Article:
[Arnold] Tips for reducing noise when rendering interior scenes with indirect lighting


Indirect lighting of interior scenes can be a challenge, but there are some things you can do. In this post, we’ll give you some quick tips, but you can find more detailed information on support.solidangle.com, both for interior lighting and for troubleshooting noise.

Avoid the Skydome and use a Sky background and Quad lights

Instead of using a Skydome light, use a Sky for the background and quad lights for the light coming in through the windows. The quad lights should just barely cover the entire window.

If there’s anything visible outside the window, you may want to put a spot light on them. Just be careful not to let the spot light go into the room.

Use a distant light to simulate beams of light coming into the room

A distant_light is an easy-to-use option that perfectly matches sun light.

Spot lights don’t produce realistic sun beams since the beams look like they’re expanding, which sun beams don’t do. Moving the spot light further back, and also making sure it’s no larger than it needs to be to illuminate the window, will reduce noise and make it look more realistic.

Don’t put lights too close to the windows

If a light is too close to the window, that means the light hitting the window area is significantly more concentrated and so much brighter than the light hitting the far side of the room and so this produces more noticeable noise.

Make sure your materials are physically based

For example, don’t shade the room Standard shaders with a Diffuse weight of 1, and Diffuse color full white (1 1 1). I don’t think there’s any material known to man that is this reflective. Lowering the Diffuse weight to 0.7 will roughly match white paint and it will also get rid of noise. If it’s too dark, then try increasing the intensity of the lights, increase the number of diffuse bounces, or increase the camera’s exposure.

For a richer look, avoid fake lights inside the room

Consider getting rid of any fake lights you may have inside the room, and instead increase the number of diffuse and glossy bounces in order to get an even more realistic look, not to mention make the lighting easier. Doing that does increase render times, unfortunately, but does give a richer look.

hat tip: Thiago

Getting an Arnold log from Royal Render


I’ve had a few cases where people weren’t sure how to get the Arnold log from Royal Render. The Arnold log is pretty important, at least for me, so here’s how to get it.

First, when you submit the job, set the log verbosity in rrSubmitter. You can do that in the Override section, but note that the verbosity levels in the Verbose list don’t match up with the newer MtoA verbosity levels. To get a Debug log, you’ll have to set the Verbose to Progress.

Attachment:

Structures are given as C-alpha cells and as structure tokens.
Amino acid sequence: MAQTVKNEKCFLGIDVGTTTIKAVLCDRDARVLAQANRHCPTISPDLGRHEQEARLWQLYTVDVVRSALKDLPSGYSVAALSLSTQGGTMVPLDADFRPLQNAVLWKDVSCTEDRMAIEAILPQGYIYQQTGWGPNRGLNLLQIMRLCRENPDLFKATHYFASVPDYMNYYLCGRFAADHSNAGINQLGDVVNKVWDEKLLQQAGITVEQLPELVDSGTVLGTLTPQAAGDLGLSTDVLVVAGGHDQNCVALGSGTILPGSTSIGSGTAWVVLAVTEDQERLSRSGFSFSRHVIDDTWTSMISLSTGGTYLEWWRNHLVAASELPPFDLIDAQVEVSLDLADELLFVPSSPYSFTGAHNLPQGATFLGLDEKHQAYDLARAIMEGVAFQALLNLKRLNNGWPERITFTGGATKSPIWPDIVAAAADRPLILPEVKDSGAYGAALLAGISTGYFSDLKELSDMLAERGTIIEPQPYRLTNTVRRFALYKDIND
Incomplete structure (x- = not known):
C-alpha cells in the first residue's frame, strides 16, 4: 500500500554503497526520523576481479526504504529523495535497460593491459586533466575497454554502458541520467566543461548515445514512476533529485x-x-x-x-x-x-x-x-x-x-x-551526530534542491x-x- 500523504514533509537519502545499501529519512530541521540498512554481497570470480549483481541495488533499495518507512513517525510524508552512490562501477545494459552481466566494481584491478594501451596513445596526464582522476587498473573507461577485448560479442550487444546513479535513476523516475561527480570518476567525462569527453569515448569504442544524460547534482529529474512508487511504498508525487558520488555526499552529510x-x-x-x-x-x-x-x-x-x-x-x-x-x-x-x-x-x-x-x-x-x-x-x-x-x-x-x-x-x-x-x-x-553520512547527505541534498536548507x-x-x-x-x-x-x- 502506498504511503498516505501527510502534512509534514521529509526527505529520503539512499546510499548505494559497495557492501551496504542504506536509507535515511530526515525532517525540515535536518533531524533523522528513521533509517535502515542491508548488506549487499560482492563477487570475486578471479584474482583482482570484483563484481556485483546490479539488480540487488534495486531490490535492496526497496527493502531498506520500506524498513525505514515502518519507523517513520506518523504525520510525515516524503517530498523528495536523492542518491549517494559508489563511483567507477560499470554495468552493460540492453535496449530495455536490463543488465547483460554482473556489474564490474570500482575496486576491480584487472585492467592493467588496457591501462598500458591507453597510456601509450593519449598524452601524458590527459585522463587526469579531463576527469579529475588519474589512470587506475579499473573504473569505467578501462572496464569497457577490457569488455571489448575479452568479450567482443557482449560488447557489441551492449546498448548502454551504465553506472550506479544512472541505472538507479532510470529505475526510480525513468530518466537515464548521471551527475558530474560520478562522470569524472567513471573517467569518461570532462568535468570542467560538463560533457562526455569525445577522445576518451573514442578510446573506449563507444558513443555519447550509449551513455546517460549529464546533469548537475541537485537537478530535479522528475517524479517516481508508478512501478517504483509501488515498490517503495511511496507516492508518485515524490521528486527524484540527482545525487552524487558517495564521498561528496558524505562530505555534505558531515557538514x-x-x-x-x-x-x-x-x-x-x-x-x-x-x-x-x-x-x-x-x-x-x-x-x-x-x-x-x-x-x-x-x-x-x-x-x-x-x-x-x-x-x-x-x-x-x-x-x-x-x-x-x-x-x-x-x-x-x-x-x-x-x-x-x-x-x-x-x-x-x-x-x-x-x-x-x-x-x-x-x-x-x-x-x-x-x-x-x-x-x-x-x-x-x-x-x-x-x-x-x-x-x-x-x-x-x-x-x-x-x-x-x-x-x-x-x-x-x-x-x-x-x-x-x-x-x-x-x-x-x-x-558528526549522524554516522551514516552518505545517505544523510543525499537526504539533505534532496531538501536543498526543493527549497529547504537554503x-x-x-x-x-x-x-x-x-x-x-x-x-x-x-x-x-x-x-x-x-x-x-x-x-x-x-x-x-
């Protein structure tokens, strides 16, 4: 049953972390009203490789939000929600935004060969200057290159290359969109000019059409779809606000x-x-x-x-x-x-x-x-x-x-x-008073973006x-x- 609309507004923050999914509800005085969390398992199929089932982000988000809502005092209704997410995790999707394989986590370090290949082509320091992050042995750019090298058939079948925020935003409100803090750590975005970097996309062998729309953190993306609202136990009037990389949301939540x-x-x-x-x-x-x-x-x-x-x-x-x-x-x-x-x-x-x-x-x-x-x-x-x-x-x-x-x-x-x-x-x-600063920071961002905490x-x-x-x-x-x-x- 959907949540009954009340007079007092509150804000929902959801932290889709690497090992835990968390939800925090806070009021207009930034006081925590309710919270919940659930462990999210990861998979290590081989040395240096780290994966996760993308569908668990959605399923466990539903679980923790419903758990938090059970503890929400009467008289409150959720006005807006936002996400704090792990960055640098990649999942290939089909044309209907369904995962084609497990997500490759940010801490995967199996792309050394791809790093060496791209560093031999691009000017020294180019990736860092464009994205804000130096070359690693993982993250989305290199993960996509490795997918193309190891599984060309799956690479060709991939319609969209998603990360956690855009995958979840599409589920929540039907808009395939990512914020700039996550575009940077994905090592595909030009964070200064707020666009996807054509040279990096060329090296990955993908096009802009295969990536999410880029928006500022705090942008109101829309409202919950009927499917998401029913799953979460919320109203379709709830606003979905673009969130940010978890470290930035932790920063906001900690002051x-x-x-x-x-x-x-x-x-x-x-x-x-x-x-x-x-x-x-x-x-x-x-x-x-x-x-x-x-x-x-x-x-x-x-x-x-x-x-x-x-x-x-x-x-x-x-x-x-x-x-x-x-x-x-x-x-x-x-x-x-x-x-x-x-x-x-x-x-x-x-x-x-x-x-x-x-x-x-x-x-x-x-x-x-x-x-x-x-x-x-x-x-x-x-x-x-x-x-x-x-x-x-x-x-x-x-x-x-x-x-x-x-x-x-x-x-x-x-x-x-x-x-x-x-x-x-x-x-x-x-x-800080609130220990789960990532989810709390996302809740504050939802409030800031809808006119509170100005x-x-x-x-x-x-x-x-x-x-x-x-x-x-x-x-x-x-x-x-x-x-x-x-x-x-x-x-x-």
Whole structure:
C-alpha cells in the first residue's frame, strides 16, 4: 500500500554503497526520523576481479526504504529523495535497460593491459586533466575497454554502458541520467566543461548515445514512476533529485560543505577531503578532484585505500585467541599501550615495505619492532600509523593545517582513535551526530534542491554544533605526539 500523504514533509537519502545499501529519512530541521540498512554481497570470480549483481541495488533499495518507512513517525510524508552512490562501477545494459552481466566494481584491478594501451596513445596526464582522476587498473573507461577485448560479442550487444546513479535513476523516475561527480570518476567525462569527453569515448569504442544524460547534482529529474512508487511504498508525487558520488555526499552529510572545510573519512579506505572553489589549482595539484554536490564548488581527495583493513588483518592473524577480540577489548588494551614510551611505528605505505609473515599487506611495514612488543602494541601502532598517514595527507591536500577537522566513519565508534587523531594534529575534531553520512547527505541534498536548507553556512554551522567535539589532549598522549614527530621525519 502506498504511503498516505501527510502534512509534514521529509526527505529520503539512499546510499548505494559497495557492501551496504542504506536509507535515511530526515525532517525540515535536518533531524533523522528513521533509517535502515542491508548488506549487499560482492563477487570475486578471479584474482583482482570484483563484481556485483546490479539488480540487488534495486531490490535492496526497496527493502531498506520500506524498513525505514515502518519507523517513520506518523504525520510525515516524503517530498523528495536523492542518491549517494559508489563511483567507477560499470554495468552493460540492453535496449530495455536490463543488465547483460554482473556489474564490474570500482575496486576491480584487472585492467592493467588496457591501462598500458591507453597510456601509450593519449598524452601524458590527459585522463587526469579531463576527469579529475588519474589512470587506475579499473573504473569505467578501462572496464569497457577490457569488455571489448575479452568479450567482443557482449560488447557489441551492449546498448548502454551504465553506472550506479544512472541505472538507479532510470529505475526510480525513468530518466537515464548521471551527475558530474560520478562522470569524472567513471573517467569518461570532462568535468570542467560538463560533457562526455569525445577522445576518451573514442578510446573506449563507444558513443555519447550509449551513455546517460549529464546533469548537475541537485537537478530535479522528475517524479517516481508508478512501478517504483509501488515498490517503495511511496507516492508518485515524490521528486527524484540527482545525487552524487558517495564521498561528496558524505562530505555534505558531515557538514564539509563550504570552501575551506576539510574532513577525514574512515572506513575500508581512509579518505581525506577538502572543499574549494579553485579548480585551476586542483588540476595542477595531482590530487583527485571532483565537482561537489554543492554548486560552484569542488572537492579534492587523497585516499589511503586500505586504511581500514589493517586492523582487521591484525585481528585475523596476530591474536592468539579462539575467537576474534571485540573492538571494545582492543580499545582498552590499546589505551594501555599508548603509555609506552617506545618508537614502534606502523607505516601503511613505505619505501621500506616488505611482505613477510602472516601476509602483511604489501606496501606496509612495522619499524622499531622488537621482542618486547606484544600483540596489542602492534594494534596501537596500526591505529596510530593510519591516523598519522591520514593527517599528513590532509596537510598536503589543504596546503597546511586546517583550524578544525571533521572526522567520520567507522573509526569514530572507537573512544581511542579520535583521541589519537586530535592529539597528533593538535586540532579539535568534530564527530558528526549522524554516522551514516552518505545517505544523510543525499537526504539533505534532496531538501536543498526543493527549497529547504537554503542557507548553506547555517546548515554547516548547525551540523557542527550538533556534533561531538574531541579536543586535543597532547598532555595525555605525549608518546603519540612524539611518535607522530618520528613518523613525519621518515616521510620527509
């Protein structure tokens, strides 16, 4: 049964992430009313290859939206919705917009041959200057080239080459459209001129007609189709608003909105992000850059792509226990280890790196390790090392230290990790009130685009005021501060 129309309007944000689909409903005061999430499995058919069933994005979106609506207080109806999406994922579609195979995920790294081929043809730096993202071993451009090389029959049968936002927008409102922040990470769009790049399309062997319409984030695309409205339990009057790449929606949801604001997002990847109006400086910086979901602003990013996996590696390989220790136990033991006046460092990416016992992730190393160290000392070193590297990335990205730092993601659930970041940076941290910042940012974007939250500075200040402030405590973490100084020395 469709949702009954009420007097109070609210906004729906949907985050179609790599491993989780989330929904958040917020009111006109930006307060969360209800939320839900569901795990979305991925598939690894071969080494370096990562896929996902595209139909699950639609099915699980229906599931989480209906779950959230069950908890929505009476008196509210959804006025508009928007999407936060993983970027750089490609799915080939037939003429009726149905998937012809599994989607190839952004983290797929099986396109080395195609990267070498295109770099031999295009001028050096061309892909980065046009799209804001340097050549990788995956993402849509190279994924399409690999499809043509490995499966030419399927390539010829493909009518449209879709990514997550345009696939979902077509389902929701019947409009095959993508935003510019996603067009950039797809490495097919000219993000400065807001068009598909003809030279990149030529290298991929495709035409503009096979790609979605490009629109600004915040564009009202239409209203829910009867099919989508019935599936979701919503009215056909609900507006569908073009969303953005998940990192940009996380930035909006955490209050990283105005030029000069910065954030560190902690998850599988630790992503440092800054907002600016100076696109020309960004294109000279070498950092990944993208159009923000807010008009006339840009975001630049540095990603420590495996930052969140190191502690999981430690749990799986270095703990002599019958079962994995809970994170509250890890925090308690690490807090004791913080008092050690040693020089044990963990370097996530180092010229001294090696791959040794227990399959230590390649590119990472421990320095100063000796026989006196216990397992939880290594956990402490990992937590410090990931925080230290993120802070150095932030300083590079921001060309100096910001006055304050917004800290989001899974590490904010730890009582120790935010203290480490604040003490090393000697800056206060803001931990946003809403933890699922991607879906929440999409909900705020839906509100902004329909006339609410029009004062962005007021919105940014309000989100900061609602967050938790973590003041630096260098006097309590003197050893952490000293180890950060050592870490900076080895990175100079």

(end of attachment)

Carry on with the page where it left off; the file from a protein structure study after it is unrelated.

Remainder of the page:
rrSubmitter_w_spotlight

rrSubmitter_Override

You can view the log in rrControl:
rrControl_Log_Files

[kick] [ass] reading from stdin


Some customers have reported a problem using a render manager (Muster, Tractor, Deadline) to render jobs with kick, typically via a wrapper script. The problem is that kick tries to read from STDIN instead of loading the specified ASS file. In the log, you’d see this:

00:00:00     0MB         | [ass] reading from stdin ...

A workaround is to add the -nstdin flag (Ignore input from stdin) to the kick command line.

Rayswitching shadow rays


The ray_switch node lets you evaluate different shading trees for different ray types. In general, it’s used to provide a simpler shading tree for secondary rays, such as diffuse, glossy, or shadow rays. So when a camera ray hits the object, you can do one thing, but when a secondary ray hits the object, you can do another, simpler thing 🙂

For shadow rays, it’s not the color that matters, but whether the object blocks the shadow ray from a light. For example, if an object is opaque, then it doesn’t matter whether ray_switch returns red or blue or green or yellow for the shadow rays: the object is still opaque and blocking the light. So, you could use a ray_switch.shadow to plug in a simple standard shader that provides just the opacity mask.

ray_switch_shadow_opacity

[SItoA] Disabling camera motion blur


Starting with version 2.8, SItoA no longer supports the Softimage motion blur property. Instead, you use the Arnold Parameters property to control transformation and deformation motion blur.
arnold_parameters_motion_blur

However, you cannot add an Arnold Parameters property to a camera (at least not using the SItoA custom menus, which will tell you that a camera is “is not a valid Object to add Arnold Parameters to”). Here’s a couple of ways to work around that:

  • Create an Arnold Parameters property on a polygon mesh, and then in the Explorer, drag that property to your Camera.
  • Select your camera and run this Python snippet:
    cam = Application.Selection(0)
    cam.AddCustomProperty( "Arnold_Parameters" )
    

Creating object mask AOVs that include opacity


  • Create a custom RGB AOV.
  • Use aiWriteColor to write the object mask to the custom AOV. The Input color of the aiWriteColor is the mask color, and you have to enable Blend to get the opacity blended into the Input.
    mask_opacity_aiWriteColor
  • Connect the Out Color of the aiWriteColor to the Color of a Standard shader. That sends the aiWriteColor beauty to the Standard.
    mask_opacity_Nodes
  • Make sure Enable AOV Composition is turned on in the Render Settings.
    EnableAOVComposition

I don’t think this set up works if you plug a Standard into the beauty of the aiWriteColor (eg Standard > aiWriteColor > Standard). With that set of connections, I could never get the opacity right in both the Beauty and the Mask AOVs.